Nathalie Collard, who has been pretty solid in the media beat at La Presse, comes out this morning with the news that Claude J. Charron of La Semaine is going to launch a new media venture in Montreal, and he's purchased the name Montréal-Matin, which has gone unused since the daily newspaper shut down in 1978 - brought down by a strike.
According to Collard, the new Montréal-Matin would be mainly an online venture, but with a weekly printed component, kind of like Rue Frontenac is trying to do, she notes.
Collard also outs Charron as the man behind a mysterious ad that appeared in La Presse and Le Devoir in March seeking employees for a "nouveau quotidien québécois".
Charron certainly has a history launching publications in Quebec. He started Lundi and 7 jours, both since sold to Quebecor, and started La Semaine to compete with them once a non-compete clause expired (forever putting Charron on Quebecor's naughty list).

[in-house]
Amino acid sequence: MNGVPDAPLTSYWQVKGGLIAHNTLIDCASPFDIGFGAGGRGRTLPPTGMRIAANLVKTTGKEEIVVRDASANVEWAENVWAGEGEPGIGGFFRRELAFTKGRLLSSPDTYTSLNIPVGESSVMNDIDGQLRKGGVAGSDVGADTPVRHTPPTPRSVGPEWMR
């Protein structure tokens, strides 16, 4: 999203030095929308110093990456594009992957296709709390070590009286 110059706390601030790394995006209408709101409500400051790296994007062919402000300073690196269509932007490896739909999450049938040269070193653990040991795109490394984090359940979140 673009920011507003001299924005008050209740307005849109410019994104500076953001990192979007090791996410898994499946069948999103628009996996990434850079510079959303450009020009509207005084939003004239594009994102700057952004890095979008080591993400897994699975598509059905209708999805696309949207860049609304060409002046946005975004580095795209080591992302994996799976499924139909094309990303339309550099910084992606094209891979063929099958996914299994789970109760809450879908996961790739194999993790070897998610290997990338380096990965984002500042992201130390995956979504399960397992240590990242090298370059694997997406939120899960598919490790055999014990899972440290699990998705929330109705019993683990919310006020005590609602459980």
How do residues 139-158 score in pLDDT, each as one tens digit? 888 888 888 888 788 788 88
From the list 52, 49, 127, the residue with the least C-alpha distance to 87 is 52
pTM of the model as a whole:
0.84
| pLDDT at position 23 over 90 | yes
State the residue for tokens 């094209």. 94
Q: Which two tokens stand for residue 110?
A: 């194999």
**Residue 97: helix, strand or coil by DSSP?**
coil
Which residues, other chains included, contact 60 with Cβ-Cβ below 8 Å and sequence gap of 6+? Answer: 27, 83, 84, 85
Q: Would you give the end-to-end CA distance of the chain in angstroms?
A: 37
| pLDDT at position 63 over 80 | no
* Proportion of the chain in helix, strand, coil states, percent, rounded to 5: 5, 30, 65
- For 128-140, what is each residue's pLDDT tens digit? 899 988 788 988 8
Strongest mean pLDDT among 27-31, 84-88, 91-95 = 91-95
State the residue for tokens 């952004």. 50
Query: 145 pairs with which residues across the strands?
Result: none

But I can't help wonder, as Collard herself did in March, how crazy this guy must be to launch a new francophone newspaper in Montreal, where there are already five daily newspapers, a website (and soon paper weekly) run by dozens of locked-out journalists, an alt-weekly in Voir and all sorts of other news outlets on the Web.
It's particularly crazy considering Rue Frontenac, which quite obviously operates at a huge loss when labour costs are factored in. It would make a lot more sense to wait until that conflict ends before launching another competing news media venture.
Or, you know, not. There are plenty of markets more in need of better journalism. How about a free daily in Quebec City? Another English paper or website in Montreal? Or an English publication anywhere else in Quebec? A French daily in Trois-Rivières to compete with Le Nouvelliste and replace the Journal de Trois-Rivières?
As much as I love journalism and want to see more of it, the Montreal French-language market is the least in need of more journalists.